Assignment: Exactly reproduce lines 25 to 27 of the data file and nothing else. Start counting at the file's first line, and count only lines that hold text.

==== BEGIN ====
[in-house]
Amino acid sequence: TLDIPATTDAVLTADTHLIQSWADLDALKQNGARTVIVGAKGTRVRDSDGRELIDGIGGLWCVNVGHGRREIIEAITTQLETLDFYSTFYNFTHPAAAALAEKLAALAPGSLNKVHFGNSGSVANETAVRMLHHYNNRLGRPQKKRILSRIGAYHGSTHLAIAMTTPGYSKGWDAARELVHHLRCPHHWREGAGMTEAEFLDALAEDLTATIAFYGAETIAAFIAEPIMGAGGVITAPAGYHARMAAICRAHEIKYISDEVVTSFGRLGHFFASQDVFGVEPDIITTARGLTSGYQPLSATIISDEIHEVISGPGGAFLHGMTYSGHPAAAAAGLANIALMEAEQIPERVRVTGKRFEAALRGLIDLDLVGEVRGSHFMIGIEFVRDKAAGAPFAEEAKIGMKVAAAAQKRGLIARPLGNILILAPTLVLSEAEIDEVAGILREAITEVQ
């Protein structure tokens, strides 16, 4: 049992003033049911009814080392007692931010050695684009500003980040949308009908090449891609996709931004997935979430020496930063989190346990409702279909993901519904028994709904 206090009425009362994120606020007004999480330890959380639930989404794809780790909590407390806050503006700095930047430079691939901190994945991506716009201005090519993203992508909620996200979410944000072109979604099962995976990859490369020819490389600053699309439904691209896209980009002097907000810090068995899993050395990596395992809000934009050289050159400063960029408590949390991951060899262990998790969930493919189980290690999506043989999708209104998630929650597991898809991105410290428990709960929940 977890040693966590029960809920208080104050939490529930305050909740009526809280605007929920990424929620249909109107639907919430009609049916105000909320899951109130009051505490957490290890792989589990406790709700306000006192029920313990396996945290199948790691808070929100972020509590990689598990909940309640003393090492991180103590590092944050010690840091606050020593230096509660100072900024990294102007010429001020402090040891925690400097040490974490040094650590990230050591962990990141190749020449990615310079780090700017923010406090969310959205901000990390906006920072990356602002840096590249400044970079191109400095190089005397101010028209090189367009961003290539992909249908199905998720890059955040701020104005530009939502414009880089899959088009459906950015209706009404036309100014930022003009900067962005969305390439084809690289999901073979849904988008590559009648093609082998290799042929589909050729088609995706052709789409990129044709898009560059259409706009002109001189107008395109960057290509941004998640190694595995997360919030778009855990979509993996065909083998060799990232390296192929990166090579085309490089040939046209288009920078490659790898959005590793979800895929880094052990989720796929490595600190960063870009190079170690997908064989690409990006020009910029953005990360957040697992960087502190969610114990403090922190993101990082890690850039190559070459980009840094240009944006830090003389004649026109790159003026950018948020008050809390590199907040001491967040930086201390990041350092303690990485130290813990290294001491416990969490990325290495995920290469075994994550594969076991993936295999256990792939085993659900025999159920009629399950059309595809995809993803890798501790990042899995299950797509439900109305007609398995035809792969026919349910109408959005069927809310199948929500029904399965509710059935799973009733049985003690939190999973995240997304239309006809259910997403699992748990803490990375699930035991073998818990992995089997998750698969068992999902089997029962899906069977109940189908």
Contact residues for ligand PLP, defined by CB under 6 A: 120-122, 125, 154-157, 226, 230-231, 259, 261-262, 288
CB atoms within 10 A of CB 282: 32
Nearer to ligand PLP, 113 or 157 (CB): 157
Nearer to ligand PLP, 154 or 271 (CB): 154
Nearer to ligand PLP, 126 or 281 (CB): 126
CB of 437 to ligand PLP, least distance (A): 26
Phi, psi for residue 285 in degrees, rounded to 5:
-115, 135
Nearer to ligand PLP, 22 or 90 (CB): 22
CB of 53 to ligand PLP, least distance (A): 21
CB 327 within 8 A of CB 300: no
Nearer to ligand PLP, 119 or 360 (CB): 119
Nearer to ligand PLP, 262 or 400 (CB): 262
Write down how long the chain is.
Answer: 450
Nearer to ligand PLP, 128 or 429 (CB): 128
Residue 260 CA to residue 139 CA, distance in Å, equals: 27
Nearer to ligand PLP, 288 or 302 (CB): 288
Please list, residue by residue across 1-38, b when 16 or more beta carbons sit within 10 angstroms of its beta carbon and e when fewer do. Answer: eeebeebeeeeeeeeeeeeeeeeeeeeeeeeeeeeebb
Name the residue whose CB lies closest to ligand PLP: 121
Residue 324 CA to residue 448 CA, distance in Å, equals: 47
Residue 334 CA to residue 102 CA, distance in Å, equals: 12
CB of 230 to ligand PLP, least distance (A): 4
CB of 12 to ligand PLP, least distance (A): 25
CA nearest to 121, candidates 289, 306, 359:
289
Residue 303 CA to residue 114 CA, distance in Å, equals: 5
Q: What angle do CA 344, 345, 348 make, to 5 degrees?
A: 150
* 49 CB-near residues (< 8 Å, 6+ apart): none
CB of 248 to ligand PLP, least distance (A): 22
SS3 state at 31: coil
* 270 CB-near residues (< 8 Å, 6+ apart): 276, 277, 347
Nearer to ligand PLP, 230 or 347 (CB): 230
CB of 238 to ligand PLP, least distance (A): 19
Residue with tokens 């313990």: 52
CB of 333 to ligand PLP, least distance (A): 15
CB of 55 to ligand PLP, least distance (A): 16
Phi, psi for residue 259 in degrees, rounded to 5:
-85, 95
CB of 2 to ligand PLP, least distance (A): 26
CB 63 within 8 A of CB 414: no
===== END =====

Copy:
Residue 334 CA to residue 102 CA, distance in Å, equals: 12
CB of 230 to ligand PLP, least distance (A): 4
CB of 12 to ligand PLP, least distance (A): 25